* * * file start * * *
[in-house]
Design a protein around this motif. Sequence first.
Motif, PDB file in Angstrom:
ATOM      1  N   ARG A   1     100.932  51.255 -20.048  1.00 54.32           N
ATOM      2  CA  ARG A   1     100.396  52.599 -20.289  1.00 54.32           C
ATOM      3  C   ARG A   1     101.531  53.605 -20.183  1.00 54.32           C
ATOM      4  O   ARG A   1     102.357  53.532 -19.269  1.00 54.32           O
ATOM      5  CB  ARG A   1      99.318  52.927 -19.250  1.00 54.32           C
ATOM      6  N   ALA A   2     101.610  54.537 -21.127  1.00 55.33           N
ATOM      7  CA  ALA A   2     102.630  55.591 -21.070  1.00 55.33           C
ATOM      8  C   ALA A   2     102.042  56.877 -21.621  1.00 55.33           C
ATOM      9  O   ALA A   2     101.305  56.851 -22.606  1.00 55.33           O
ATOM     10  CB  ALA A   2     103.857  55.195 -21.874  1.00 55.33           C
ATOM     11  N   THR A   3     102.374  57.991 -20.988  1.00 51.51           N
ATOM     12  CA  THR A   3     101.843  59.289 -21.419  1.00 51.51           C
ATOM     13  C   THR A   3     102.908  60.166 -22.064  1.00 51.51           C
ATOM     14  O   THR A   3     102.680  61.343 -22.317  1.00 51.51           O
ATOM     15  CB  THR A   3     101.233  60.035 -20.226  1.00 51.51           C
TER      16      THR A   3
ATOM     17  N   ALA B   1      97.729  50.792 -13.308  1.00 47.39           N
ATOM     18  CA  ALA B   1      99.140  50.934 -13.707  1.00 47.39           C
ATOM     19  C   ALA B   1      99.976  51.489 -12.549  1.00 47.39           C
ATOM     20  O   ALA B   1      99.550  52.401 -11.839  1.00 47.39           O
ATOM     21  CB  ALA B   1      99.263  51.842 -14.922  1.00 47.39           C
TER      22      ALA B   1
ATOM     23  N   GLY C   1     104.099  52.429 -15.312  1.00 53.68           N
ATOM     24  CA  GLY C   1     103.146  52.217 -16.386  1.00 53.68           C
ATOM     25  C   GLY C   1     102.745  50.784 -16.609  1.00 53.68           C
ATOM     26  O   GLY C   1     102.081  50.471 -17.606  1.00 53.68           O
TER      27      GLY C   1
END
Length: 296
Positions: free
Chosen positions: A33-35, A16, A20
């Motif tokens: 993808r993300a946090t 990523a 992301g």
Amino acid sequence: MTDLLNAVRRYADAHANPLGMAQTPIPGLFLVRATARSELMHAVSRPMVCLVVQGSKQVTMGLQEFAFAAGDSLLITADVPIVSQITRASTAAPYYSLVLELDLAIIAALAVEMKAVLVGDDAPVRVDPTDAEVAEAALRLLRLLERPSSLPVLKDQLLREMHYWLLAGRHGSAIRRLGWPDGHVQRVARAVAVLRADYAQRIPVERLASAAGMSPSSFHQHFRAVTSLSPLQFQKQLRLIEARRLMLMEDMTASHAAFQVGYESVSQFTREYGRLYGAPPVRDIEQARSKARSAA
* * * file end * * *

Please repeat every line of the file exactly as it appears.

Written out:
[in-house]
Design a protein around this motif. Sequence first.
Motif, PDB file in Angstrom:
ATOM      1  N   ARG A   1     100.932  51.255 -20.048  1.00 54.32           N
ATOM      2  CA  ARG A   1     100.396  52.599 -20.289  1.00 54.32           C
ATOM      3  C   ARG A   1     101.531  53.605 -20.183  1.00 54.32           C
ATOM      4  O   ARG A   1     102.357  53.532 -19.269  1.00 54.32           O
ATOM      5  CB  ARG A   1      99.318  52.927 -19.250  1.00 54.32           C
ATOM      6  N   ALA A   2     101.610  54.537 -21.127  1.00 55.33           N
ATOM      7  CA  ALA A   2     102.630  55.591 -21.070  1.00 55.33           C
ATOM      8  C   ALA A   2     102.042  56.877 -21.621  1.00 55.33           C
ATOM      9  O   ALA A   2     101.305  56.851 -22.606  1.00 55.33           O
ATOM     10  CB  ALA A   2     103.857  55.195 -21.874  1.00 55.33           C
ATOM     11  N   THR A   3     102.374  57.991 -20.988  1.00 51.51           N
ATOM     12  CA  THR A   3     101.843  59.289 -21.419  1.00 51.51           C
ATOM     13  C   THR A   3     102.908  60.166 -22.064  1.00 51.51           C
ATOM     14  O   THR A   3     102.680  61.343 -22.317  1.00 51.51           O
ATOM     15  CB  THR A   3     101.233  60.035 -20.226  1.00 51.51           C
TER      16      THR A   3
ATOM     17  N   ALA B   1      97.729  50.792 -13.308  1.00 47.39           N
ATOM     18  CA  ALA B   1      99.140  50.934 -13.707  1.00 47.39           C
ATOM     19  C   ALA B   1      99.976  51.489 -12.549  1.00 47.39           C
ATOM     20  O   ALA B   1      99.550  52.401 -11.839  1.00 47.39           O
ATOM     21  CB  ALA B   1      99.263  51.842 -14.922  1.00 47.39           C
TER      22      ALA B   1
ATOM     23  N   GLY C   1     104.099  52.429 -15.312  1.00 53.68           N
ATOM     24  CA  GLY C   1     103.146  52.217 -16.386  1.00 53.68           C
ATOM     25  C   GLY C   1     102.745  50.784 -16.609  1.00 53.68           C
ATOM     26  O   GLY C   1     102.081  50.471 -17.606  1.00 53.68           O
TER      27      GLY C   1
END
Length: 296
Positions: free
Chosen positions: A33-35, A16, A20
């Motif tokens: 993808r993300a946090t 990523a 992301g």
Amino acid sequence: MTDLLNAVRRYADAHANPLGMAQTPIPGLFLVRATARSELMHAVSRPMVCLVVQGSKQVTMGLQEFAFAAGDSLLITADVPIVSQITRASTAAPYYSLVLELDLAIIAALAVEMKAVLVGDDAPVRVDPTDAEVAEAALRLLRLLERPSSLPVLKDQLLREMHYWLLAGRHGSAIRRLGWPDGHVQRVARAVAVLRADYAQRIPVERLASAAGMSPSSFHQHFRAVTSLSPLQFQKQLRLIEARRLMLMEDMTASHAAFQVGYESVSQFTREYGRLYGAPPVRDIEQARSKARSAA